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Ohio's Memorial Health System sued after Hive ransomware cyberattack

Ohio's Memorial Health System sued after Hive ransomware cyberattack

On January 26, 2022, Kathleen Tucker's attorneys filed a class-action lawsuit against Memorial Health System (MHS), a not-for-profit healthcare organization based in Marietta, Ohio, that operates three hospitals, one stand-alone emergency room, and 64 clinics in Ohio and West Virginia.

Tucker alleges that MHS failed to protect her personally identifiable information (PII) and protected health information (PHI) from cyberattacks, specifically a ransomware attack by Hive that took place on August 14, 2021.

SEE ALSO: HIPAA compliant email—the definitive guide


What happened?

On August 14, 2021, MHS IT personnel discovered malware on MHS computers and began investigating.

On August 15, MHS announced the cyber breach and notified the public that "temporary disruptions" would occur. These disruptions included the cancellation of urgent surgical cases and radiology appointments on August 16, 2021, a temporary shift to the use of paper medical charts, and diversion of patients to emergency departments at other hospitals.

At that time, MHS announced that patient and employee data had not, as far as MHS knew, been compromised.

However, on August 16, the BleepingComputer website published a news report stating that patient data was "likely stolen," based on evidence showing that databases containing "information belonging to 200,000 patients" had been exfiltrated in the cyber attack.

On August 18, 2021, MHS updated the public via a press release, stating that "a negotiated solution" was underway. Once again, MHS stated that employee and patient data had not been compromised.

RELATED: Ransomware is more common in healthcare than you think


Public announcements


On August 25, 2021, the FBI's Cyber Division issued a FLASH alert describing the characteristics of a Hive ransomware attack and providing technical information, a sample ransom note, and suggestions for what to do in case of a Hive ransomware attack.

While MHS was not specifically mentioned in the FLASH alert, the timing of the alert and the release of a news item about the FLASH alert on the American Hospital Association's  (AHA) website suggest that the FBI and AHA were trying to spread helpful information about protecting against Hive ransomware attacks as quickly as possible.


MHS patient notification


On January 12, 2022, MHS published a Notice of Data Privacy Event on its website. This Notice chronicles the events related to the Hive ransomware attack, including the fact that information about the potential acquisition of PII and PHI by Hive was not communicated to the affected individuals until December 9, 2021, or later.

According to MHS, December 9, 2021, was the first day that information about the Hive ransomware attack was sent to potentially affected individuals. The HIPAA Breach Notification Rule requires covered entities that experience a data breach to notify affected individuals within 60 days of the conclusion of the entity's investigation.

MHS concluded its investigation on November 1, 2021, and therefore is in compliance with the Breach Notification Rule.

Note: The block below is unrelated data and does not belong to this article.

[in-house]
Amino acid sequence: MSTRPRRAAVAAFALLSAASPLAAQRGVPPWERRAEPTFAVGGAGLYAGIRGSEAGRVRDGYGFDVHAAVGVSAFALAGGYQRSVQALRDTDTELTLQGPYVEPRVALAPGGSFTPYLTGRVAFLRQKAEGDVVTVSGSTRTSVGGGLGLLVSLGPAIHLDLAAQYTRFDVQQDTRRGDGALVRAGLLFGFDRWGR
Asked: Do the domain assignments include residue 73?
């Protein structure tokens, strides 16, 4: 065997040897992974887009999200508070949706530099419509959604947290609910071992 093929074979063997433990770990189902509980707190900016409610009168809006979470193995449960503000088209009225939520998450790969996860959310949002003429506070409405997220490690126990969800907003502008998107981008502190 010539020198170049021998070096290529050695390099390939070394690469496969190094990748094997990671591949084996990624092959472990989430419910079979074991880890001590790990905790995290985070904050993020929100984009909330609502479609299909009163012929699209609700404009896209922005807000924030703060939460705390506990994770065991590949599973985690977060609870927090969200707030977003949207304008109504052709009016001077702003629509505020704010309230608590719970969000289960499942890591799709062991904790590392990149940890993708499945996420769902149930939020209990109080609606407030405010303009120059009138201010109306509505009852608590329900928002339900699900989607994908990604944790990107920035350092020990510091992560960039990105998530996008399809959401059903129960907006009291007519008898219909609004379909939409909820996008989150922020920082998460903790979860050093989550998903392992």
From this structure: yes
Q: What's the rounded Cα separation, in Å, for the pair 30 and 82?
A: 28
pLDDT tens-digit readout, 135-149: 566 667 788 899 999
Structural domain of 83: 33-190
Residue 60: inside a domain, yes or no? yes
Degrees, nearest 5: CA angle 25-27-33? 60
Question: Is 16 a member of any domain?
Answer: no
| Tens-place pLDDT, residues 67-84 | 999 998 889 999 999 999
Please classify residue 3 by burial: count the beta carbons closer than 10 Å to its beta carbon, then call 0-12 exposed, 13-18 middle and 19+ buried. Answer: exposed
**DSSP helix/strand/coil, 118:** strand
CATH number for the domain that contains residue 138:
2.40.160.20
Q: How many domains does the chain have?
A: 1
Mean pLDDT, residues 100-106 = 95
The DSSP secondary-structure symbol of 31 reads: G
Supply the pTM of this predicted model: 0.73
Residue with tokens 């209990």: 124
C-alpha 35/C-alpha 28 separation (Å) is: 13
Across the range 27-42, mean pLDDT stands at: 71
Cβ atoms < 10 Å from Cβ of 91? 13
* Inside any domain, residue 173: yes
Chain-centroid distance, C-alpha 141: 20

Lawsuit highlights adverse impacts of the Hive ransomware attack


According to court documents, Kathleen Tucker claims that her PII and PHI were stolen in the Hive ransomware cyber attack. She accuses MHS of negligence for failing to protect her PII and PHI and that of other patients, especially given that healthcare systems are often targeted in cyber attacks.

Tucker's attorneys claim that she has had to spend many hours changing passwords, replacing credit cards, and otherwise responding to the reality that Hive has potentially acquired her PII and PHI. In addition, Tucker has had to deal with telephone calls, emails, and fraudulent charges that appear to be related to the Hive ransomware attack.

Finally, Tucker has incurred costs and suffered emotional damage due to the threat of identity theft and fraud that has resulted from the Hive ransomware attack.

Tucker is seeking compensatory and punitive damages for herself and the Class as well as reimbursement for the out-of-pocket costs they have incurred. She is also asking for improvements to MHS's data security procedures and systems, including audits.


Safeguard your email with Paubox


MHS isn't the only provider or business associate facing a lawsuit over a data breach. BioPlus Specialty Pharmacy Services was sued in late December 2021, and US Fertility and Accellion were sued earlier in that year.

In each lawsuit, the defendants were accused of failing to protect their clients' PII and PHI.

Covered entities must focus on continuous data security improvement in order to fulfill their responsibility to keep PII and PHI safe from hackers and data thieves. This involves regularly backing up data and storing it offline, training employees on data security best practices, and developing a business continuity plan. Of course, using firewalls and antivirus software is essential.

Finally, covered entities should prioritize robust email security since threat actors often use emails to infiltrate targeted data systems.

Paubox Email Suite guarantees encryption on all of your outbound email messages, ensuring that every message is HIPAA compliant. Our patented HITRUST CSF certified solution helps your organization avoid becoming a ransomware victim.

Paubox Email Suite integrates with popular email platforms such as Microsoft 365 and Google Workspace, which means you don't have to change your email address or worry about asking your patients to use separate passwords or special portals to access your messages.


Try Paubox Email Suite for FREE today.

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